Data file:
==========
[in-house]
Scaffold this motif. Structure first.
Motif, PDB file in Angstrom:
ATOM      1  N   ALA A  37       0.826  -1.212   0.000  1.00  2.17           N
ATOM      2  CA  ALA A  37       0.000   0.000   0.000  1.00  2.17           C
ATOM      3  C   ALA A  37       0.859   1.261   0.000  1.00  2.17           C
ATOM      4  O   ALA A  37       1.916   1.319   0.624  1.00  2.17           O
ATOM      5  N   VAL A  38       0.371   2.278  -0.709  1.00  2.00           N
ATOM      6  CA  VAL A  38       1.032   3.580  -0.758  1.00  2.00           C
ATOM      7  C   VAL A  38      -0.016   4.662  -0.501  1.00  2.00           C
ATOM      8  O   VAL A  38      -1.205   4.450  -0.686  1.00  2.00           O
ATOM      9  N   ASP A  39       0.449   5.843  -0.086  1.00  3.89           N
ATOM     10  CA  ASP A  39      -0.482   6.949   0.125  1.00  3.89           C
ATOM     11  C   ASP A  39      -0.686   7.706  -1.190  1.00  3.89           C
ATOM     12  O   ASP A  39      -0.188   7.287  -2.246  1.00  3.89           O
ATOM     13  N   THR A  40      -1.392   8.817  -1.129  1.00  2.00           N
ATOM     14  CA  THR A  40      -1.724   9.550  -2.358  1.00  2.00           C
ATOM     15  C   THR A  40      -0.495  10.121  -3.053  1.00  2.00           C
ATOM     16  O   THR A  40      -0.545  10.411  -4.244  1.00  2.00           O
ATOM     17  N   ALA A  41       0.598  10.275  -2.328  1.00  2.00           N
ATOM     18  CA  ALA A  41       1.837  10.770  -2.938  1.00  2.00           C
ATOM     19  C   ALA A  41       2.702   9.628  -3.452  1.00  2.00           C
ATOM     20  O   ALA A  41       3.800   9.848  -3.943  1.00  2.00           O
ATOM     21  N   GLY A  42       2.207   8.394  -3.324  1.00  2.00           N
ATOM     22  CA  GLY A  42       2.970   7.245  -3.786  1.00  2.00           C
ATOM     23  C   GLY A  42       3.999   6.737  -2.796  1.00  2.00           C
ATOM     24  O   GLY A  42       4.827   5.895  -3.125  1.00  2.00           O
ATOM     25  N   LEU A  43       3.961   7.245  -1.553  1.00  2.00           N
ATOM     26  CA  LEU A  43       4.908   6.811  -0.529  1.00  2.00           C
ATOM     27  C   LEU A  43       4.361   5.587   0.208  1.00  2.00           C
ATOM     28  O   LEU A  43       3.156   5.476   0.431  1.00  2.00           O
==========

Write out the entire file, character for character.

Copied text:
[in-house]
Scaffold this motif. Structure first.
Motif, PDB file in Angstrom:
ATOM      1  N   ALA A  37       0.826  -1.212   0.000  1.00  2.17           N
ATOM      2  CA  ALA A  37       0.000   0.000   0.000  1.00  2.17           C
ATOM      3  C   ALA A  37       0.859   1.261   0.000  1.00  2.17           C
ATOM      4  O   ALA A  37       1.916   1.319   0.624  1.00  2.17           O
ATOM      5  N   VAL A  38       0.371   2.278  -0.709  1.00  2.00           N
ATOM      6  CA  VAL A  38       1.032   3.580  -0.758  1.00  2.00           C
ATOM      7  C   VAL A  38      -0.016   4.662  -0.501  1.00  2.00           C
ATOM      8  O   VAL A  38      -1.205   4.450  -0.686  1.00  2.00           O
ATOM      9  N   ASP A  39       0.449   5.843  -0.086  1.00  3.89           N
ATOM     10  CA  ASP A  39      -0.482   6.949   0.125  1.00  3.89           C
ATOM     11  C   ASP A  39      -0.686   7.706  -1.190  1.00  3.89           C
ATOM     12  O   ASP A  39      -0.188   7.287  -2.246  1.00  3.89           O
ATOM     13  N   THR A  40      -1.392   8.817  -1.129  1.00  2.00           N
ATOM     14  CA  THR A  40      -1.724   9.550  -2.358  1.00  2.00           C
ATOM     15  C   THR A  40      -0.495  10.121  -3.053  1.00  2.00           C
ATOM     16  O   THR A  40      -0.545  10.411  -4.244  1.00  2.00           O
ATOM     17  N   ALA A  41       0.598  10.275  -2.328  1.00  2.00           N
ATOM     18  CA  ALA A  41       1.837  10.770  -2.938  1.00  2.00           C
ATOM     19  C   ALA A  41       2.702   9.628  -3.452  1.00  2.00           C
ATOM     20  O   ALA A  41       3.800   9.848  -3.943  1.00  2.00           O
ATOM     21  N   GLY A  42       2.207   8.394  -3.324  1.00  2.00           N
ATOM     22  CA  GLY A  42       2.970   7.245  -3.786  1.00  2.00           C
ATOM     23  C   GLY A  42       3.999   6.737  -2.796  1.00  2.00           C
ATOM     24  O   GLY A  42       4.827   5.895  -3.125  1.00  2.00           O
ATOM     25  N   LEU A  43       3.961   7.245  -1.553  1.00  2.00           N
ATOM     26  CA  LEU A  43       4.908   6.811  -0.529  1.00  2.00           C
ATOM     27  C   LEU A  43       4.361   5.587   0.208  1.00  2.00           C
ATOM     28  O   LEU A  43       3.156   5.476   0.431  1.00  2.00           O